Not being a philosopher or theologian, I feel unqualified to review this book on those levels, but I will say I enjoyed it in spite of my inexperience with those fields. I fell in love with Robinson’s writing quickly, too. A couple favorite passages that are representative:

“I remember walking out into the dark and feeling as if the dark were a great, cool sea and the houses and the sheds and the woods were all adrift in it, just about to ease off their moorings. I always felt like an intruder then, and I still do, as if the darkness had a claim on everything.”

“The twinkling of an eye. That is the most wonderful expression. I’ve thought from time to time it was the best thing in life, that little incandescence you see in people when the charm of a thing strikes them, or the humor of it.”

It’s also amazing how someone with sufficient erudition, can suffuse what may have otherwise been considered just another ordinary tale of a life with such magic it becomes a Pulitzer prize winner. This was perhaps my favorite line in the book:

“…this world will be Troy, I believe, and all that has passed here will be the epic of the universe.”

That blew me away. Have you read Gilead? What did you think of it? Can you recommend anything else written by Robinson? I think I want more…

(below: art from the original NY Times review in November 2004)

20120906-073647.jpg

August Reading – The Month Ahead

It’s August already, and time to think about what reading I might be able to accomplish in the new month. Strangely, for the first time in a long time, I don’t really have much of an idea which direction I’m going in an upcoming month. The one exception is Kurt Vonnegut’s “Armageddon in Retrospect,” a posthumously published collection of essays on war and peace that is being read by the Kurt Vonnegut Memorial Library’s book club for August. Worth noting is that this book, I think, is the ONLY Vonnegut book I haven’t read yet, so this will be the last ’first read’ I’ll be able to do of one of his books. I’m both proud of and sad about this.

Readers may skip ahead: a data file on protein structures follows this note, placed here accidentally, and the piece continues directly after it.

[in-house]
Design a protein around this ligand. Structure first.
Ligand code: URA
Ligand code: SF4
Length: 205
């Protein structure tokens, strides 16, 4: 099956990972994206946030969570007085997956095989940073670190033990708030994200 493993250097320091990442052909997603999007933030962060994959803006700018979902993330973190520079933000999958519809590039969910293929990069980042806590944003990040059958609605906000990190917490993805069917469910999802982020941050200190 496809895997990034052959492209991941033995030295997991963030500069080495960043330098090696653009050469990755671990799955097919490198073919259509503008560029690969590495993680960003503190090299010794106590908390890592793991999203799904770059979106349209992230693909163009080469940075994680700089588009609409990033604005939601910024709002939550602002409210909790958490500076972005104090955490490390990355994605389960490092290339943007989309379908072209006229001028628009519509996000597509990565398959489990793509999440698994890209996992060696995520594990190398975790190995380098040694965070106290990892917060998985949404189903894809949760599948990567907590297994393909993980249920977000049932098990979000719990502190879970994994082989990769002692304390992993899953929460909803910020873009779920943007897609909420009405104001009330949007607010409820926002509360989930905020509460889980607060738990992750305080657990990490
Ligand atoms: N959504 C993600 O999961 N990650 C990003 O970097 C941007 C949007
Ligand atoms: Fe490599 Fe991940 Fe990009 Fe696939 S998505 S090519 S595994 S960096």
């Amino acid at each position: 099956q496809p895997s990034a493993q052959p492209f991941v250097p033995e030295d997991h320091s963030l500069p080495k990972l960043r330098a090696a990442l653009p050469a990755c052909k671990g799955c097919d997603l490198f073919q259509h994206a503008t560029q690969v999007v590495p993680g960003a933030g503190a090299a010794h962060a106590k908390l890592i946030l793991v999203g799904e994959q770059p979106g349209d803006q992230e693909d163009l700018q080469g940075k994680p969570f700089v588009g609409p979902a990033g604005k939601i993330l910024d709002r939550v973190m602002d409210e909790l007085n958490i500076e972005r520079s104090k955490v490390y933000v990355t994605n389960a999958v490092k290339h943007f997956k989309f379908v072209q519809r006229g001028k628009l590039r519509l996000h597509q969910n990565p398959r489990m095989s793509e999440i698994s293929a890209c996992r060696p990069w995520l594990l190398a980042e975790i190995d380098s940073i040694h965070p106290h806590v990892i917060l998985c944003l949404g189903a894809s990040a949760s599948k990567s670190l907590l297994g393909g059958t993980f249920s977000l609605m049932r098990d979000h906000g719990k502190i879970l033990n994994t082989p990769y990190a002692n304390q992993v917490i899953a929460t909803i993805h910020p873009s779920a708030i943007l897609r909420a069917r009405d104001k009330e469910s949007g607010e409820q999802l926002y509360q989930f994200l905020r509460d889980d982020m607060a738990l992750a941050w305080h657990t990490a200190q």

20120801-074216.jpg

What else, hmm… Well, I’ll have four or five short stories as part of my annual project, but I won’t know what they are until I draw a card from those remaining in the deck each Saturday morning. By the way, I was thinking about making my annual short story “Deal Me In” project a public Reading Challenge next year. Do you think many (any) people would be interested? I’ve never hosted a challenge at Bibliophilopolis, so I’m apprehensive.

What other books might I read? I have started Claire Tomalin’s biography of Charles Dickens, which would count toward my “author biography” project that I’ve been neglecting. I’m also very interested in the new bio of the Bronte sisters that I think has just come out, or is about to. It weighs in at a staggering 1,000+ pages, though.

Maybe I’ll finally get around to Panther in the Sky by James Alexander Thom too, as I’ve been promising for some time.

Another possibility is Marilynne Robinson’s “Gilead,” which got my attention a while ago, and of which Dale at Mirror with Clouds has reminded me of recently.

20120801-074325.jpg

Geez, I have 20 books on my “to read” shelf on Goodreads.com. Seems like I ought to be able to come up with something, right? Or… perhaps you could help guide me. What do YOU suggest I read in August?